Women Can See More Colors Than Men. Who’s Checking Your Hair?
Posted by Bruno Maya
Women Can See More Colors Than Men. Who’s Checking Your Hair?

Men and women “see” the world differently. Men often struggle to tell the difference between hues, as one in 12 of them are color blind, compared with one in 255 women. Researchers believe that some women may actually be able to see 99 million more colors than the average human being. Normally, people have just three types of cone cells for detecting different colors, but some women have four. They are called tetrachromats. When looking at a rainbow, these females can segment it into about 10 different colors, while people with three iodopsins can see only seven: red, orange, yellow, green, blue, indigo and violet. Perhaps that’s why research has shown that women were more likely than men to have a favorite color and that women prefer tints to shades, while men tend to prefer simple, strong colors. So, when you are discussing the health and texture of your hair, you may want to ask a woman to be the judge. Not only is she more likely to see more colors, she may be able to describe them better too.


The most common hair color in the world is Black, and the rarest is Red at just 1% of the population. Hair typically begins to thin and lose its color as part of genetic alopecia. But it doesn’t have to be that way.


Love it or lose it

When humans are born, they have about 5 million hair follicles, 2 percent of which are on the head. All of the hair follicles you’ll ever have were formed when you were a fetus (at 5 months). That means whatever you’ve got is what you’ve got, for the duration. Keeping them all functioning is your best hope for maintaining hair density. Recent research has shown that exposure to low-level laser light can halt or even reverse hair loss. Lexington International has conducted more clinical studies than any other laser manufacturer and has demonstrated to the satisfaction of the FDA that their laser devices deliver therapeutic light energy to your hair follicles and can actually reverse thinning and stimulate fuller, denser hair growth. It’s a simple therapy that can be carried out at home in as little as 90 seconds 3 times a week. Experts point out that the sooner you start treatment the better – because everyone’s hair follicles weaken, shrink, and can even die. And once that happens, they can never again grow hair.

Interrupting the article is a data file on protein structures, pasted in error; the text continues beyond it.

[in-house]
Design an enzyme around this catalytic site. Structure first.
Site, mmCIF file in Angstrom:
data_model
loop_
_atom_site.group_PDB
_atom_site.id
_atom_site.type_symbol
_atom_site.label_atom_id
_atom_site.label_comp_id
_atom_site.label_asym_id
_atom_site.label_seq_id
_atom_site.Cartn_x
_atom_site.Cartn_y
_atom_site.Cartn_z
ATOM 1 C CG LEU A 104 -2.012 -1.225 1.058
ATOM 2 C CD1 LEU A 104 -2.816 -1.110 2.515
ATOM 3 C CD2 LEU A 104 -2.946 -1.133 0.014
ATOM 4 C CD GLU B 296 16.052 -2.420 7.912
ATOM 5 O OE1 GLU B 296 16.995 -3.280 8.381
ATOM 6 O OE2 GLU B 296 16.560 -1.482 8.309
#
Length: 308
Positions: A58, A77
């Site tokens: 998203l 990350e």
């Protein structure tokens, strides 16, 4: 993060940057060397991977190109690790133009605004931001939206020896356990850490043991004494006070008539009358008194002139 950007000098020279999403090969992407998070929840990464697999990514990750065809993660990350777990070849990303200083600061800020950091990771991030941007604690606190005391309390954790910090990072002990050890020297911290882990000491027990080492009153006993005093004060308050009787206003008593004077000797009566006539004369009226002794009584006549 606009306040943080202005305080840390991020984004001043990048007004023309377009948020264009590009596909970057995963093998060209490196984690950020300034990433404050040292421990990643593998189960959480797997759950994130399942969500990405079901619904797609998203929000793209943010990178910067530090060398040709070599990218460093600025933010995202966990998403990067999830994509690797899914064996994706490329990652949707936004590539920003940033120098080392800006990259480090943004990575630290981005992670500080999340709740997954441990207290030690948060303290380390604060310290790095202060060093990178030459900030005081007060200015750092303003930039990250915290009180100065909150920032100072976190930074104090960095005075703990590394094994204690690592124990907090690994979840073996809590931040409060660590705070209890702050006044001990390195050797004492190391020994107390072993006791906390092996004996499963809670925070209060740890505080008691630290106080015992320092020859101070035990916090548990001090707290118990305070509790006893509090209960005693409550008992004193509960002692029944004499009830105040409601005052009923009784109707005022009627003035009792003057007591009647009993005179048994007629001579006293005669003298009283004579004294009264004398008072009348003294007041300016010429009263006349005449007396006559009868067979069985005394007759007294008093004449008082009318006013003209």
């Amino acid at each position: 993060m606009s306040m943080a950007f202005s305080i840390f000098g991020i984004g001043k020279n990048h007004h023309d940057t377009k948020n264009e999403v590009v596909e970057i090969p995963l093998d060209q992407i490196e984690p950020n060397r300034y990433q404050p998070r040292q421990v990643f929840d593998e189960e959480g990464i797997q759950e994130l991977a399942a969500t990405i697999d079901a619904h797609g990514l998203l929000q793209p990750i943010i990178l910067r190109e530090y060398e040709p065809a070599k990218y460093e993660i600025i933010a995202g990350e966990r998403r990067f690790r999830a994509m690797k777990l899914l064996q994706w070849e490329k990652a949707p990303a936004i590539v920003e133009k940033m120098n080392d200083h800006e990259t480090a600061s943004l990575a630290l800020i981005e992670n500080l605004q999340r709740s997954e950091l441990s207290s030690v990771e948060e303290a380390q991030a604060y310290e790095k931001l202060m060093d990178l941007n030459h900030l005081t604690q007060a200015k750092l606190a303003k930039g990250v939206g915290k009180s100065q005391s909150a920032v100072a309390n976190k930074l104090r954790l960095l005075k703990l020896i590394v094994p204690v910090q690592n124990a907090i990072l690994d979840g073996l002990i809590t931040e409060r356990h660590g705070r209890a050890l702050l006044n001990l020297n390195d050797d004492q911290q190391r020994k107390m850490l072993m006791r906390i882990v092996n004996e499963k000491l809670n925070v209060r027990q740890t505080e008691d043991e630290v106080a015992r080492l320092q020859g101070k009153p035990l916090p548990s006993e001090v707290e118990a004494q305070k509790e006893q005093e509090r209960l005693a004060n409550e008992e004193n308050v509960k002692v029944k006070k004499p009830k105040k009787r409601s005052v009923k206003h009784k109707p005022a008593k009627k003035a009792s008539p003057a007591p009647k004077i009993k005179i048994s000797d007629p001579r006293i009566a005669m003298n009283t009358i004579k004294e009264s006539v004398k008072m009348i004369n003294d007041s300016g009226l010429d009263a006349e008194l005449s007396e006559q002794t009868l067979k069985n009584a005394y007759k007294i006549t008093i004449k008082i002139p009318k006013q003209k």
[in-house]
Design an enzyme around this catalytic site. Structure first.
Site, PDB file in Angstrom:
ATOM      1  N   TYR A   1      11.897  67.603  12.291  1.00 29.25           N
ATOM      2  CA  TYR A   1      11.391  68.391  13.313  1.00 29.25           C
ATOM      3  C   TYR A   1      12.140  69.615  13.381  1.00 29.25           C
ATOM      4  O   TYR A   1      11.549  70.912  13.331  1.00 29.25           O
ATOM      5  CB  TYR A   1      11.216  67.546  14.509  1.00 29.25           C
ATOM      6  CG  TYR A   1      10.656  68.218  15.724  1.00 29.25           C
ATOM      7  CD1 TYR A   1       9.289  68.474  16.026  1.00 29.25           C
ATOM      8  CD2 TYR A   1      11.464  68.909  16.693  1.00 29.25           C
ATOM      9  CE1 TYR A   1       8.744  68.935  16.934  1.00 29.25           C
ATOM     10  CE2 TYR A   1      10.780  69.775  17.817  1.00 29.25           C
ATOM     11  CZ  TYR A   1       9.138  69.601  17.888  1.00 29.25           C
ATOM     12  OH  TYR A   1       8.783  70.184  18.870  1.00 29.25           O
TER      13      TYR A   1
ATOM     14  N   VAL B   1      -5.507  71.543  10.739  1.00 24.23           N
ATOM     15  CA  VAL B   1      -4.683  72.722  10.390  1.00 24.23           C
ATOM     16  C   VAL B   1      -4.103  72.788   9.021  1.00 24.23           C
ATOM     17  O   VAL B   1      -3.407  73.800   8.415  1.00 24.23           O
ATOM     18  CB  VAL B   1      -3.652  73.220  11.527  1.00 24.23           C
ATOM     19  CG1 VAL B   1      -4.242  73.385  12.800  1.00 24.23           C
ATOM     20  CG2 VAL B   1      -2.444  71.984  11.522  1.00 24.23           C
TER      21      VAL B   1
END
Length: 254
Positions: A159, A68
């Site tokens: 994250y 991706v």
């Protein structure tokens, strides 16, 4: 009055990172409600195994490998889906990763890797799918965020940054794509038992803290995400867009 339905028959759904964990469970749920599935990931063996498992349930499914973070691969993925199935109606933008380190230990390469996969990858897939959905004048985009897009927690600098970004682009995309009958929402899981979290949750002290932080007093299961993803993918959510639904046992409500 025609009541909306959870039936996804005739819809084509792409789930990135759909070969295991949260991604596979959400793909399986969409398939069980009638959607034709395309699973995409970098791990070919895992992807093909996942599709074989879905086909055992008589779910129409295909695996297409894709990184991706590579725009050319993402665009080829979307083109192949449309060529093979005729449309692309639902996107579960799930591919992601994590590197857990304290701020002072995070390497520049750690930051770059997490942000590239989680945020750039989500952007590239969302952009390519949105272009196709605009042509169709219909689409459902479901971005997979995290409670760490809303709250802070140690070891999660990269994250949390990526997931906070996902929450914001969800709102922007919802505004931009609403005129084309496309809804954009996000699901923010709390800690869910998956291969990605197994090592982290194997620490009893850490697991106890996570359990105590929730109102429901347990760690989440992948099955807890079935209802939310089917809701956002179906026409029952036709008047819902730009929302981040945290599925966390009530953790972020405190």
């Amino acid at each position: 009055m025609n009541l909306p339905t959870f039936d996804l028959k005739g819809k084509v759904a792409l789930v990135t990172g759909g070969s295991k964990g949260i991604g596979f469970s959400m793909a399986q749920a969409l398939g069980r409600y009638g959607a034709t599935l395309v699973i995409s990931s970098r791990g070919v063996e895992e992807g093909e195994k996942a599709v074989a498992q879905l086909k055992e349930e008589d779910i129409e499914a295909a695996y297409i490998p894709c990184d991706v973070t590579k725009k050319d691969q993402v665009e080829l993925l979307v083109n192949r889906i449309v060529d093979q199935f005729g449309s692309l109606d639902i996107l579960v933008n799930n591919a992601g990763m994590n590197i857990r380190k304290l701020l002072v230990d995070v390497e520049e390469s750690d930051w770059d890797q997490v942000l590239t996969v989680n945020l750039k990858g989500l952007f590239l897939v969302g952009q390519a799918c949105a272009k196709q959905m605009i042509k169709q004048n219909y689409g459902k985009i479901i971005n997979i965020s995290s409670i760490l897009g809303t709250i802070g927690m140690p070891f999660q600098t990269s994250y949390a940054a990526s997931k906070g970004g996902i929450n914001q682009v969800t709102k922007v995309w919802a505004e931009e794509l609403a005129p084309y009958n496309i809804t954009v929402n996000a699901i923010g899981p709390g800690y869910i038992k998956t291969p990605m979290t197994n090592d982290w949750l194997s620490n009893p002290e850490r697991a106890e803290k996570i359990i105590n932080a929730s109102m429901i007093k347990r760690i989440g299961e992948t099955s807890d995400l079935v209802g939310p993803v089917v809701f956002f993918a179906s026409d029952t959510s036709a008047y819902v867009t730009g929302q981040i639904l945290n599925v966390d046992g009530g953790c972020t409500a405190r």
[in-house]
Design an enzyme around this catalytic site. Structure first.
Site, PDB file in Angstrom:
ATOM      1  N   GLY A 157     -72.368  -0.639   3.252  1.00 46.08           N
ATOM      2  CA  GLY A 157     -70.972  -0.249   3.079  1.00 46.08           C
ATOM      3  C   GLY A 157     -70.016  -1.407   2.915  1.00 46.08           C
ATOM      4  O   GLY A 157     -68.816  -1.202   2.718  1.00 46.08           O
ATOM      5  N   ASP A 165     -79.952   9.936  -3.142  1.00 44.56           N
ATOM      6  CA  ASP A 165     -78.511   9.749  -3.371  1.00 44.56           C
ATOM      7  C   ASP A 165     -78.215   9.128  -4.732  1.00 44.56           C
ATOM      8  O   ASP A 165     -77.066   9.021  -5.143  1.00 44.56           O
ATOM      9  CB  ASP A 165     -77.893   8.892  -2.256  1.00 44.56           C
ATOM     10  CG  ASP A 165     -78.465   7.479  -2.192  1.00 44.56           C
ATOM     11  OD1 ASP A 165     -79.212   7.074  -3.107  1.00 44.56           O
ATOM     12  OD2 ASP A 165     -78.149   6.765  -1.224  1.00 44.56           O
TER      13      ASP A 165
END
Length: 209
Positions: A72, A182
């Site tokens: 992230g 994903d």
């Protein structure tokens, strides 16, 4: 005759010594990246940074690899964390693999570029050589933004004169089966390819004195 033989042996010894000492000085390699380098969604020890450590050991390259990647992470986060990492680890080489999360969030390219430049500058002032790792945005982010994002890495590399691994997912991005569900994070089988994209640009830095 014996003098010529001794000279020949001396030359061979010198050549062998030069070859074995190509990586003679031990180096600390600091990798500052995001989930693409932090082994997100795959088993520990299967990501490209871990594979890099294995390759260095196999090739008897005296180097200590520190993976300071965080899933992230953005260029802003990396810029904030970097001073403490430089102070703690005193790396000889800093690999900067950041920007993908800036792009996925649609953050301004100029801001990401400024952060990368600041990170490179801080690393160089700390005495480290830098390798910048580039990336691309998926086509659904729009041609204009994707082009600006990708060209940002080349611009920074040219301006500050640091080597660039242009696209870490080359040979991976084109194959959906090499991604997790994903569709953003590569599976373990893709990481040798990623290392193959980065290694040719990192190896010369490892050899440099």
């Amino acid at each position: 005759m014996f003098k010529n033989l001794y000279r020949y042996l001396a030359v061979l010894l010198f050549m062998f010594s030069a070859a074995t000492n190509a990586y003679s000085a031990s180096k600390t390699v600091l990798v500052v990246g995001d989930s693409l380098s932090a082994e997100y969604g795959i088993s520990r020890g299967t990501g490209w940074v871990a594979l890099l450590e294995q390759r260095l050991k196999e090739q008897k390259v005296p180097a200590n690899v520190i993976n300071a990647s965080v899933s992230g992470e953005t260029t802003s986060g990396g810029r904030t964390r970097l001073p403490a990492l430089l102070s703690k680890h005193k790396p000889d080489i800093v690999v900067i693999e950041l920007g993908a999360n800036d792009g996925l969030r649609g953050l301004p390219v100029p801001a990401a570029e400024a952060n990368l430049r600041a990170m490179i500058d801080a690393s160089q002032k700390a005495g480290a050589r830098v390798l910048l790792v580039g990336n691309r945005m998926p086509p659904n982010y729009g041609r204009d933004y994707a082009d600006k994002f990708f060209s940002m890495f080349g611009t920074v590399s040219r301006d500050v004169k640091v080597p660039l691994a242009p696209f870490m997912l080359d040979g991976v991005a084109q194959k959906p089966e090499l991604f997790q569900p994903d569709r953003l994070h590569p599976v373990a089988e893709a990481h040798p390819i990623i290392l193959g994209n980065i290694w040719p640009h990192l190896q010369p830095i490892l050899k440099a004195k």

The look of healthy hair

Human hair is made up mostly of keratin, a protein that contains melanin, a pigment that gives hair its color. It also contains trace amounts of vitamins, zinc, and other metals. About 10 to 13 percent of hair is made up of water which is essential to keep your hair supple and avoid breakage and splitting. The health of your hair health depends on the nutrients you supply internally and what you expose it to externally. Healthy hair is supple, lustrous and vibrant. The outside layer of the hair is the cuticle which protects the hair shaft against external damage from chemicals, abrasion and UV exposure. It also retains moisture. The cuticle on healthy, growing hair is smooth and reflects light evenly. Healthy hair proudly displays its full color, with all its unique pigmentation. It’s the first thing you notice. Animal hair can vary significantly in color in a single shaft, while human hair has consistent color from root to tip. 


Keep the color

Changes in hair color typically occur naturally as people age, eventually turning the hair gray and then white. More than 60 percent of Americans have some gray hair by age 40. The change in hair color occurs when melanin ceases to be produced in the hair root and new hairs grow in without pigment. When you practice laser therapy, you stimulate new hair growth and those new hairs will exhibit your original, deeper pigmentation. Your hair will appear fuller and the color will be brighter. Whether you are a woman who can see 99 million colors or a man with an observant friend, healthy-looking hair is a gift worth protecting!


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